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Universal Robots Reaches Industry Milestone with 50,000 Collaborative Robots Sold
Dec 16, 2020 9:20:48 AM / By Universal Robots / 0 Comments
Odense, Denmark, December 14, 2020: Collaborative robots – or cobots – remain the fastest growing segment of industrial automation, projected to grow at a Compound Annual Growth Rate (CAGR) of 30.37% during 2020–2025. Cobot market pioneer Universal Robots (UR) solidified its frontrunner position today by selling the 50,000th UR cobot, which was purchased by a German manufacturer to enable higher productivity and better employee safety.
The 50,000th cobot came in a special delivery as Jürgen von Hollen, president of Universal Robots, personally handed over the cobot to VEMA technische Kunststoffteile GmbH and VEMA Werkzeug- und Formenbau GmbH located in Krauchenwies-Göggingen, Germany, at a ceremony held at VEMA.
“We have worked very hard in the past 15 years to develop an entirely new market segment with a mission to enable especially small- and medium sized companies to automate tasks they thought were too costly or complex,“ says von Hollen, emphasizing how UR has created a new global distribution network, a new ecosystem of developers, and ultimately a completely new business model. “As a pioneer in this market, we put a lot of work into creating awareness, influencing standards, and changing customers’ perceptions influenced by their experience of traditional robots.”
Von Hollen noted that VEMA GmbH is a great example of UR’s mission realized: ”VEMA was looking for a cost-effective, flexible, easy-to-use automation solution they could implement, program and manage on their own. They found exactly that in the UR cobot.“
VEMA’s new collaborative robot will join a fleet of three other UR cobots already deployed in pick and place tasks in end-of-line applications at the company.
Christian Veser, managing director at VEMA GmbH, is thrilled to be the recipient of the milestone cobot and explains how the cobots have enabled the company to add a third shift, now operating around the clock. “We have enhanced our productivity remarkably and also achieved better quality,” he says. “Our employees are freed from ergonomically straining work to focus on quality testing. In navigating Covid-19 challenges, it has also been a great advantage that the cobots don’t need to keep a safety distance or undergo quarantine. They can always work,” says Veser, adding that his company appreciates the cobots so much that they gave them names.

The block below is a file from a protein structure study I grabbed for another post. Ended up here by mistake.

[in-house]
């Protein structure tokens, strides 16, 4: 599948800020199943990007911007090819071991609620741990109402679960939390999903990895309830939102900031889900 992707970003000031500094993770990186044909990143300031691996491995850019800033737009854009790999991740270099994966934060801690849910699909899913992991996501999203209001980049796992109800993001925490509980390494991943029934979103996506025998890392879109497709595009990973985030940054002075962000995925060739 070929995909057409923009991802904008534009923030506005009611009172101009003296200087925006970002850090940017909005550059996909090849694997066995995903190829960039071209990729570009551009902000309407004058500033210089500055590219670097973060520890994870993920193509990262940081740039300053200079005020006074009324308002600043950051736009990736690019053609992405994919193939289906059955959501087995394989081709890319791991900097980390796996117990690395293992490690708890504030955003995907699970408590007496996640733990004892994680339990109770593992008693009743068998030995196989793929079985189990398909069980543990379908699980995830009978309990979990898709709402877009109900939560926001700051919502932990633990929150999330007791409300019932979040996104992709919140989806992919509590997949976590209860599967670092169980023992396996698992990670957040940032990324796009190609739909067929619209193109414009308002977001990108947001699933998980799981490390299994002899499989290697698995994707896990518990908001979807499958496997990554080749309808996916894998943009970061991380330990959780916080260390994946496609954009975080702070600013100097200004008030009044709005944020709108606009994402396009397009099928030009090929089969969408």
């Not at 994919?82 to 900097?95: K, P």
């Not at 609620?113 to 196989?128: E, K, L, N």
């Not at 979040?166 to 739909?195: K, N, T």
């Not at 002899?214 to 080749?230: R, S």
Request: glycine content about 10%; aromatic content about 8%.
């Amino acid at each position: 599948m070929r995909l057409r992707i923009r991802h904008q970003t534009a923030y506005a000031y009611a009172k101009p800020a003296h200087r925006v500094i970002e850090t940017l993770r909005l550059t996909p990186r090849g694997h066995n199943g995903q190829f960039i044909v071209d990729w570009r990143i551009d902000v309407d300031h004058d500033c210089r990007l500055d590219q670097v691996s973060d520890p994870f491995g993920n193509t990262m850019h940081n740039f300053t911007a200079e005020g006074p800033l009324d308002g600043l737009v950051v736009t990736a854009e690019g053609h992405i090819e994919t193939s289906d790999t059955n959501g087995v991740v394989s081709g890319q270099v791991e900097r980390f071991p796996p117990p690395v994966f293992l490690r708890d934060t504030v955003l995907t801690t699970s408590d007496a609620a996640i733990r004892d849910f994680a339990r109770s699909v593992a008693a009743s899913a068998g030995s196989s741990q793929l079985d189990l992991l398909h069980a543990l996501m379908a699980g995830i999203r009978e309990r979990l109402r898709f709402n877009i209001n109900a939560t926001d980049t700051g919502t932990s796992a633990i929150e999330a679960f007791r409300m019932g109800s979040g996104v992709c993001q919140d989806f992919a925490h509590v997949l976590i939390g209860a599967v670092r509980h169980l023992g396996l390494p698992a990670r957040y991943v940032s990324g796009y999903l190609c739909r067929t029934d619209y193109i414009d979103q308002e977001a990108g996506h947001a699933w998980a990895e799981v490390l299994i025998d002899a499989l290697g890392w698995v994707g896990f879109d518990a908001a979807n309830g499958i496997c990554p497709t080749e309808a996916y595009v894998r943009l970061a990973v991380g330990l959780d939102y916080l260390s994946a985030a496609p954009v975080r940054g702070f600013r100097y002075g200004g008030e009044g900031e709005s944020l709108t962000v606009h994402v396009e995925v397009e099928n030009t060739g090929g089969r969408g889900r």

"The first three cobots are named Elfriede, Günther and Bruno. We will name our new cobot Jürgen to honor the fact that UR’s president came here in person to deliver it.’’
Jürgen von Hollen will be leaving UR at the end of the year after a four-year tenure at the helm of UR. “It is such a privilege to end my time at the company by marking this milestone,” he says. “We have come far, but there is still an immense potential in the market both for well-known and completey new cobot applications. With our unrivaled installed base, we are constantly learning from our customers, leveraging a very data-driven approach in the development of our cobots. This is an approach I believe will help keep us leading the field in the years to come.“
Gregory Smith, president of Teradyne’s Industrial Automation Group, will step in to fill the role of UR president on January 1, 2021 until a new leader is named. “I thank Jürgen for his leadership over the past four years in growing Universal Robots from start-up status into the undisputed global leader in industrial collaborative robots,” says Mark Jagiela, president and CEO of UR’s parent company Teradyne.
"He leaves behind a strong platform for the next level of growth with a talented workforce, an engaged ecosystem of distribution and technology partners as well as an expansive worldwide customer base."
We believe that collaborative robotic technology can be used to benefit all aspects of task-based businesses – no matter what their size.
We believe that the latest collaborative robot technology should be available to all businesses. The nominal investment cost is quickly recovered as our robotic arms have an average payback period of just six months.